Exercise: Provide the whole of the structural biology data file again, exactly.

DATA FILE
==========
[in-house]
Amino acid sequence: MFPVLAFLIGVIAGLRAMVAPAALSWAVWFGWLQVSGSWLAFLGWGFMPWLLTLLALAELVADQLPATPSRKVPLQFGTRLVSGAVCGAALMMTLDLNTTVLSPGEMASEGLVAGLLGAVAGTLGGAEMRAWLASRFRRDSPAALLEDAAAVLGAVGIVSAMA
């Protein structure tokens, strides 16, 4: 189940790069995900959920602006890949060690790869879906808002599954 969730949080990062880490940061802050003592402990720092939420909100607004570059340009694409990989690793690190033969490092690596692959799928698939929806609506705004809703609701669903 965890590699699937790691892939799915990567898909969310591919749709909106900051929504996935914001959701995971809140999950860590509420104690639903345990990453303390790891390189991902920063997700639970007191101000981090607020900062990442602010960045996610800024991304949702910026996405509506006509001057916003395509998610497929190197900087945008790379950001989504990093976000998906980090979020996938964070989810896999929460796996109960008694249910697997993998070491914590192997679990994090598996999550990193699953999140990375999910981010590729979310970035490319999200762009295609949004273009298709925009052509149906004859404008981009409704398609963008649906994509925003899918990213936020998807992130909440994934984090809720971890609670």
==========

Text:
[in-house]
Amino acid sequence: MFPVLAFLIGVIAGLRAMVAPAALSWAVWFGWLQVSGSWLAFLGWGFMPWLLTLLALAELVADQLPATPSRKVPLQFGTRLVSGAVCGAALMMTLDLNTTVLSPGEMASEGLVAGLLGAVAGTLGGAEMRAWLASRFRRDSPAALLEDAAAVLGAVGIVSAMA
């Protein structure tokens, strides 16, 4: 189940790069995900959920602006890949060690790869879906808002599954 969730949080990062880490940061802050003592402990720092939420909100607004570059340009694409990989690793690190033969490092690596692959799928698939929806609506705004809703609701669903 965890590699699937790691892939799915990567898909969310591919749709909106900051929504996935914001959701995971809140999950860590509420104690639903345990990453303390790891390189991902920063997700639970007191101000981090607020900062990442602010960045996610800024991304949702910026996405509506006509001057916003395509998610497929190197900087945008790379950001989504990093976000998906980090979020996938964070989810896999929460796996109960008694249910697997993998070491914590192997679990994090598996999550990193699953999140990375999910981010590729979310970035490319999200762009295609949004273009298709925009052509149906004859404008981009409704398609963008649906994509925003899918990213936020998807992130909440994934984090809720971890609670």